by Clara Zhao and Taite Trautwein
Robbery Testimony Continues
By Clara Zhao
On Wednesday, November 1, the jury trial for Joshua Cadenaz-Lopez and Ricky Gomez Hernandez reconvened in Department 14. Both defendants are charged with robbery with multiple enhancements regarding firearm possession and gang affiliations.
Detective Matthew Boudinot, from the West Sacramento Police Department’s Special Investigations Unit, had testified on Tuesday and once again appeared on stand.
While on the stand, Boudinot was presented several People’s exhibits.
In one exhibit, there was a black sweatshirt, red t-shirt, and black glove. Boudinot stated the items were taken from defendant Cadenaz-Lopez.
The DA then asked Boudinot about the incident on October 20, 2016, when Boudinot located defendant Hernandez’s apartment. In his testimony, Boudinot said that they knocked on the door, and upon hearing no answer, performed a search of the room. They found khaki pants, a black sweatshirt, and black gloves in the apartment.
At this point, another People’s exhibit was presented to Boudinot. Inside the bag were khakis and a black shirt, which Boudinot stated were the same clothes found in the defendant’s apartment and the same clothes seen in several surveillance footages.
The DA then presented a series of video surveillance footages from various locations.
The first footage showed two individuals entering a convenience store, who were identified by Boudinot to be Hernandez and Cadenaz-Lopez. Hernandez was identified as wearing the same belt that was collected by the police on Oct. 20, 2016, and Cadenaz-Lopez was wearing the same red shirt that police obtained on the same date.
Another video showed two people in black breaking into a store. Boudinot identified Cadenaz-Lopez as one of those men, and he carried a firearm that resembled the one found on Oct. 20.
A third video showed surveillance taken from a robbery at a Denny’s restaurant on Oct. 14. Boudinot identified one of the robbers near the cash register as Cadenaz-Lopez, wearing a similar black sweatshirt as that seen in the People’s exhibits.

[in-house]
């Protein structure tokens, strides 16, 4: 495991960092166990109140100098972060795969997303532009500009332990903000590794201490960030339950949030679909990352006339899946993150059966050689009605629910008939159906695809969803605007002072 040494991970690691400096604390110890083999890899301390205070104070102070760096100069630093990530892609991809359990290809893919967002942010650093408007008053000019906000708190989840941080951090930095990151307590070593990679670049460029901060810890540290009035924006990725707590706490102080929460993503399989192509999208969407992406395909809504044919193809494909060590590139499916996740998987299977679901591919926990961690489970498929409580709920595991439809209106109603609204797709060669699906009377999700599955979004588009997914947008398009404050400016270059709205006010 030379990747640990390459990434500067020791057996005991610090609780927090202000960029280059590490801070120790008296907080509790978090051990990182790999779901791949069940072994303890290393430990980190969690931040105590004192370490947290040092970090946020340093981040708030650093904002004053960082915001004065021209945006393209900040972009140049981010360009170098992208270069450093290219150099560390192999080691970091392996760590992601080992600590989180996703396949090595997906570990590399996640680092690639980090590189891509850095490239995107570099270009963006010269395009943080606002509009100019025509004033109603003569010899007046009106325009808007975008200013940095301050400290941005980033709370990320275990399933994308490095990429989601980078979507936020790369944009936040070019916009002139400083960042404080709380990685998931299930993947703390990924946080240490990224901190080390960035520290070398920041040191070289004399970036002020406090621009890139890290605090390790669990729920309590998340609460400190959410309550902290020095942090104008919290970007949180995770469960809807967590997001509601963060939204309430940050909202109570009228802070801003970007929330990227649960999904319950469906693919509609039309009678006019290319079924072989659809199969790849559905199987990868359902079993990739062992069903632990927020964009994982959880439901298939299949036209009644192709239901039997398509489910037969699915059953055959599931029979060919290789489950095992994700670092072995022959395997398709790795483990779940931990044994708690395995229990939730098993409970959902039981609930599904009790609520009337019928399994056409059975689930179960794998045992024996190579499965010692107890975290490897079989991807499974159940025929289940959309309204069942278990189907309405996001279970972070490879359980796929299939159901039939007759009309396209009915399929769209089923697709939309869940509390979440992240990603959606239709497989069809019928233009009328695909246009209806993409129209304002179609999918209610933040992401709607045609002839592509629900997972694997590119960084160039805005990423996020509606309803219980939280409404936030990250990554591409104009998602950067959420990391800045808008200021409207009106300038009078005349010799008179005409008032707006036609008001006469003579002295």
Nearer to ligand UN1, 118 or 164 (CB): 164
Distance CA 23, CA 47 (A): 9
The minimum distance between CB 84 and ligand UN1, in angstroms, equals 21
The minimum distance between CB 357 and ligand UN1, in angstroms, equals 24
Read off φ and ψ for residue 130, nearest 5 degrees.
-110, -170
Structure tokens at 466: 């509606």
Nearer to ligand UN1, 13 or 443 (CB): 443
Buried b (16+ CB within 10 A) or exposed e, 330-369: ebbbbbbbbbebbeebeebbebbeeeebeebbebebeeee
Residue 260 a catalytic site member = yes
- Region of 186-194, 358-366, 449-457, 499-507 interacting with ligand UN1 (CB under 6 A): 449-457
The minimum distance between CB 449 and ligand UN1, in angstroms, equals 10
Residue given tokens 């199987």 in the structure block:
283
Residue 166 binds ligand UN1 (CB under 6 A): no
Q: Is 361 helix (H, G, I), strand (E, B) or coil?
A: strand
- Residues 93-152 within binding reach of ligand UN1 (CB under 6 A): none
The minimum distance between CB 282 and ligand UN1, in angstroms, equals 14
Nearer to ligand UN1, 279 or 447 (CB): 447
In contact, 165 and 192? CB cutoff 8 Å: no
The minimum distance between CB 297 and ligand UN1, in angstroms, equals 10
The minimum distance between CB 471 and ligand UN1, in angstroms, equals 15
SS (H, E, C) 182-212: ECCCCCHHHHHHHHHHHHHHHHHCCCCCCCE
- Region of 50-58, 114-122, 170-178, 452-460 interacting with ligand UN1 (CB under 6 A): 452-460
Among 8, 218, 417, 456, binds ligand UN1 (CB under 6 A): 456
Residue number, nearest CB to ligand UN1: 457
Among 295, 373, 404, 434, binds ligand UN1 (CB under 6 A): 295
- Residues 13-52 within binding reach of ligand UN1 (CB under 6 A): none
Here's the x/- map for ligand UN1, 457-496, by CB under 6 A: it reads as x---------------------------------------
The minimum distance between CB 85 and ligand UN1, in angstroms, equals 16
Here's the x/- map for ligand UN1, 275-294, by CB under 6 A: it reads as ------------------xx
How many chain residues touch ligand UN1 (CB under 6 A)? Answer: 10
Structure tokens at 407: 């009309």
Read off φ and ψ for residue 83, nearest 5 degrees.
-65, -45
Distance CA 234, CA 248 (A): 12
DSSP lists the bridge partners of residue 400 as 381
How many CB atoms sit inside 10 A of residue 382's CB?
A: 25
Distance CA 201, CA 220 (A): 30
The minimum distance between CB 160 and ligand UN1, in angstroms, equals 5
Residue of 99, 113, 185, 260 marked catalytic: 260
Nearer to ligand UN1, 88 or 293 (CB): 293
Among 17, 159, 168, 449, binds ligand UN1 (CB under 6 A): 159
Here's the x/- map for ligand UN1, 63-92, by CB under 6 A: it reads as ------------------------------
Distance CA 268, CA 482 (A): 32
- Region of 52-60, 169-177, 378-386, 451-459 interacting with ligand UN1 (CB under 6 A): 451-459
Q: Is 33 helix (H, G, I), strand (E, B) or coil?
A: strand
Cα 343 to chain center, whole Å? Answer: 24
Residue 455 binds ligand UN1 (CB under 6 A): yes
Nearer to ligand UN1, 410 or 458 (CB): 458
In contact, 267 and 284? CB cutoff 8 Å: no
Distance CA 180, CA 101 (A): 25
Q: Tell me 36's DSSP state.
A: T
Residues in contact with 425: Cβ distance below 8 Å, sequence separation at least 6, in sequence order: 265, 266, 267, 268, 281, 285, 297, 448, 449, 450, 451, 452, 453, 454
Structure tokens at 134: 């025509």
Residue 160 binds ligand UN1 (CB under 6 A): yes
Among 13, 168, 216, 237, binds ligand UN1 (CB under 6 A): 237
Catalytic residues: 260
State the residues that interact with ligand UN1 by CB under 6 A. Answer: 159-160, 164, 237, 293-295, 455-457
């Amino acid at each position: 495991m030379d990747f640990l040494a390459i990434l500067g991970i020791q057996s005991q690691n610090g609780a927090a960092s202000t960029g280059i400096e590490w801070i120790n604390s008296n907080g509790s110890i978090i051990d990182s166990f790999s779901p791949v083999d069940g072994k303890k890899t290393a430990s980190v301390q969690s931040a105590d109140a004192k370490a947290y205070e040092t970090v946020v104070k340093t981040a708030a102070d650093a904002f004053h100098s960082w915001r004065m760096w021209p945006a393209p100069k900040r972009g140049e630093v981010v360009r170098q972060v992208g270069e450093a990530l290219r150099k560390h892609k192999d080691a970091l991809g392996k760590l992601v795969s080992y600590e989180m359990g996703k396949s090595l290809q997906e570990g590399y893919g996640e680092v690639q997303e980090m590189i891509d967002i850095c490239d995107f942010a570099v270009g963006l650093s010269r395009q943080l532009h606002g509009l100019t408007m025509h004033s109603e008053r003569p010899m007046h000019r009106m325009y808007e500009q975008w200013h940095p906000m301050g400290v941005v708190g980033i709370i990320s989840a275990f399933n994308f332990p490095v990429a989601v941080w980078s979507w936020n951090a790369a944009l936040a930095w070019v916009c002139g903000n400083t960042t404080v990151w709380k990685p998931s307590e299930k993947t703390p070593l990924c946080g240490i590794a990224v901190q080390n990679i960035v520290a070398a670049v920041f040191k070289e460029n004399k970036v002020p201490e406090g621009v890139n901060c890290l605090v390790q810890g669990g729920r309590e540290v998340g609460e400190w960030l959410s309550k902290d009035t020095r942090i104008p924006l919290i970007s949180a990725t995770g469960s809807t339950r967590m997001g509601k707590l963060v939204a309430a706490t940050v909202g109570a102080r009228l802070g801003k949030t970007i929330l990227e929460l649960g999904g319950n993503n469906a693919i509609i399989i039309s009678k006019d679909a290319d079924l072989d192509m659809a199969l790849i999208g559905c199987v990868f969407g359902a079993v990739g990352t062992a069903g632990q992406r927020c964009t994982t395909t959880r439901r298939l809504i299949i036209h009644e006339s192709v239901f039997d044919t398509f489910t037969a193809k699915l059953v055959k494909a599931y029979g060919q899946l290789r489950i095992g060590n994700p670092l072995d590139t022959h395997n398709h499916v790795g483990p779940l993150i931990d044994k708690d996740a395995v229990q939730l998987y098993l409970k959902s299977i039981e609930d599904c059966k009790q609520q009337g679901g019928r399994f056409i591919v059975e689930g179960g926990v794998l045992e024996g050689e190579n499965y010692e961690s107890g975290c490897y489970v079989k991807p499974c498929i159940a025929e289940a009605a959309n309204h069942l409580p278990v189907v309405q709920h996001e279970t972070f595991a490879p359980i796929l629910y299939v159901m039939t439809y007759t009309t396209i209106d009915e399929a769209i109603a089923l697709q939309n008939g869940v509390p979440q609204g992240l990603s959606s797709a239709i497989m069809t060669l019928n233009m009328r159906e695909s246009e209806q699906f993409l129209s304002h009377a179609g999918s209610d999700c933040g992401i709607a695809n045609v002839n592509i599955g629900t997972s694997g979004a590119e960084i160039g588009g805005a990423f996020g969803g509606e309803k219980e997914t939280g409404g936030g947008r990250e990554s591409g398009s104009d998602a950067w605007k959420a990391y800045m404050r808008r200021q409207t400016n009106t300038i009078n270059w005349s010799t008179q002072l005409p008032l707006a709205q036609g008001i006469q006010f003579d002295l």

Next, the DA showed a video taken at a laundromat. Two people walked by outside the laundromat, and one of them had a ponytail that resembled Hernandez’s.
Several more videos were presented, including one taken at an ampm convenience store. Three individuals entered the store and Boudinot identified Hernandez and Cadenaz-Lopez among them. Cadenaz-Lopez was wearing a black sweatshirt, shorts and yellow gloves, and Hernandez wore white-soled shoes – all were clothing items previously displayed.
Throughout the trial, the deputy public defender objected to Boudinot’s identifications on the grounds of speculation, but was overruled by the judge each time.
At noon, the court adjourned for lunch.
Another Detective Weighs In On Robbery Case
By Taite Trautwein
Wednesday afternoon saw the continued testimony of Detective Matthew Boudinot, a member of the West Sacramento Police Department. Boudinot brought his expert knowledge of gang activity to the case of Ricky Hernandez and Joshua Cadenaz-Lopez. The pair are accused of second-degree robbery with enhancements for firearm possession and gang affiliation.
Over the course of the afternoon, Boudinot was shown multiple pictures of men he views as gang members who have connections to the two defendants.
Firstly, Deputy District Attorney Kyle Hasapes displayed photos of Joel Moreno, a man convicted of intimidating a witness and assault with a gang affiliation enhancement on September 2, 2015. The picture showed the letters “B.R.K.” tattooed on the man’s chest. According to Boudinot, these letters are commonly associated with the Broderick Boys, a branch of the Norteño street gang that operates out of Yolo County.